The federal government funds higher education primarily through student-based financial aid (i.e. vouchers), in contrast to K-12 education funding, which is mostly institution-based (i.e. much like aid to local school districts).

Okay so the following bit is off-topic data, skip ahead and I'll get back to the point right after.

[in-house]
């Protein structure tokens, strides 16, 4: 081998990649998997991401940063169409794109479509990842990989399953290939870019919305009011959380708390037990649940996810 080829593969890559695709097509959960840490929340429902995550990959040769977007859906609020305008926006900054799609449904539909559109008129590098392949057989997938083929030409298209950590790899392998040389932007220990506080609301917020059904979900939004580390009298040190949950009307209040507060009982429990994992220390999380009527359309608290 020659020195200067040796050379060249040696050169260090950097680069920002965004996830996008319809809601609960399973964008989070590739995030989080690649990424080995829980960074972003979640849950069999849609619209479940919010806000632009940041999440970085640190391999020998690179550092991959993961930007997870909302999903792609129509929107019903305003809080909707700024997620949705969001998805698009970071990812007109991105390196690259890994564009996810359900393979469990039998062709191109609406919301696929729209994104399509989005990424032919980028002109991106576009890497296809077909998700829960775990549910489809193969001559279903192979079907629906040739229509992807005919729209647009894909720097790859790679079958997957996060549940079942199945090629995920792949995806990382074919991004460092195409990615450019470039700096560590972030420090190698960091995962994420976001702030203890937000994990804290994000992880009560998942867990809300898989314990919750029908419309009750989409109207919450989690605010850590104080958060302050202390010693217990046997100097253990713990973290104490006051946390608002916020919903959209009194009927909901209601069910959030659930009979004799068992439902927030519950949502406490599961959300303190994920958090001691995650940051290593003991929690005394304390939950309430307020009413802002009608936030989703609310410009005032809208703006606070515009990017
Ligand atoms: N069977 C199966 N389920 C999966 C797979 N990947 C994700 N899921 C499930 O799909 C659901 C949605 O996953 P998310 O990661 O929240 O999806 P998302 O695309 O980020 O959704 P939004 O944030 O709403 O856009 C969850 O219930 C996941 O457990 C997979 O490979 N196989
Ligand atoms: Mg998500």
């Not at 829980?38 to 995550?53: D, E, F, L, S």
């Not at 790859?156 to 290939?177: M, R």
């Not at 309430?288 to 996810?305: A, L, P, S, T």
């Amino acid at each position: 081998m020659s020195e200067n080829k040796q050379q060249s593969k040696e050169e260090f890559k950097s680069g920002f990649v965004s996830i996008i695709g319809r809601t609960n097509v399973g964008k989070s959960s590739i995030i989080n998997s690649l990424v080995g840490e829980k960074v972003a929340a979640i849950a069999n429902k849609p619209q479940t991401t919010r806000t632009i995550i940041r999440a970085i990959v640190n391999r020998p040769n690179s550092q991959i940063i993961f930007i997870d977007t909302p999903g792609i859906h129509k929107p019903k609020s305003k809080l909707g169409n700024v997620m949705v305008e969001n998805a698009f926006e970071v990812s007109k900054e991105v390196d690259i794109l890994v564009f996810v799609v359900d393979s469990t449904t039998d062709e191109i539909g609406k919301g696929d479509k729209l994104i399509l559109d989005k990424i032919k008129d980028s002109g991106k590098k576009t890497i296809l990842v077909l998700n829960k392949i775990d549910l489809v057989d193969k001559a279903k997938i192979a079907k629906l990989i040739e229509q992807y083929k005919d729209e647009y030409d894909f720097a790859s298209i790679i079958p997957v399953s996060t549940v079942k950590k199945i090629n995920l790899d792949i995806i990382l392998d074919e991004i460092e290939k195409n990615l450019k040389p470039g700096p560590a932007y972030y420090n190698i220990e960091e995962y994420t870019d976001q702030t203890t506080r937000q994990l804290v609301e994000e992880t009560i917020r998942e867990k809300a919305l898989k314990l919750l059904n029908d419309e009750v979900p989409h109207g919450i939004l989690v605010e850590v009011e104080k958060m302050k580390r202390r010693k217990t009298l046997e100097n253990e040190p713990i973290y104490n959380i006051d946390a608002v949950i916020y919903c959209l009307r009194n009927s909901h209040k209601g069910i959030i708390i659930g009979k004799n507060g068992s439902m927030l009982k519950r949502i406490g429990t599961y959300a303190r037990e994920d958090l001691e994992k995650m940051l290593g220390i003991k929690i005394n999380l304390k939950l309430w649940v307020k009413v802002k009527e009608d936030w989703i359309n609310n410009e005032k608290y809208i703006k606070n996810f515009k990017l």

Title IV of the Higher Education Act of 1965 (HEA) established the first federal grant and loan programs. When the HEA was first passed, its emphasis was on expanding college access by providing grant aid to low-income students who otherwise would not pursue post-secondary education. As college costs have increased over time, the federal government’s investment in higher education has shifted to also support heightened college affordability by providing relatively low-interest student loans. Today, approximately 62 percent of federal student aid funding is in the form of government guaranteed and subsidized student loans and about 15 percent is in the form of grants. Tax benefits make up about 23 percent of total federal aid.Federal student aid consists of loans, grants, and tax benefits. Loans include Direct and Perkins Loan programs. Grants include Pell Grants, Supplemental Educational Opportunity Grants (SEOG), Iraq and Afghanistan Service Grants, and TEACH Grants. Tax benefits include the exclusion of scholarship income; Lifetime Learning and American Opportunity tax credits; deductions for student loan interest and higher education expenses, 529 plans, parental personal exemption for students aged 19 and over, and exclusion of employer-provided educational assistance.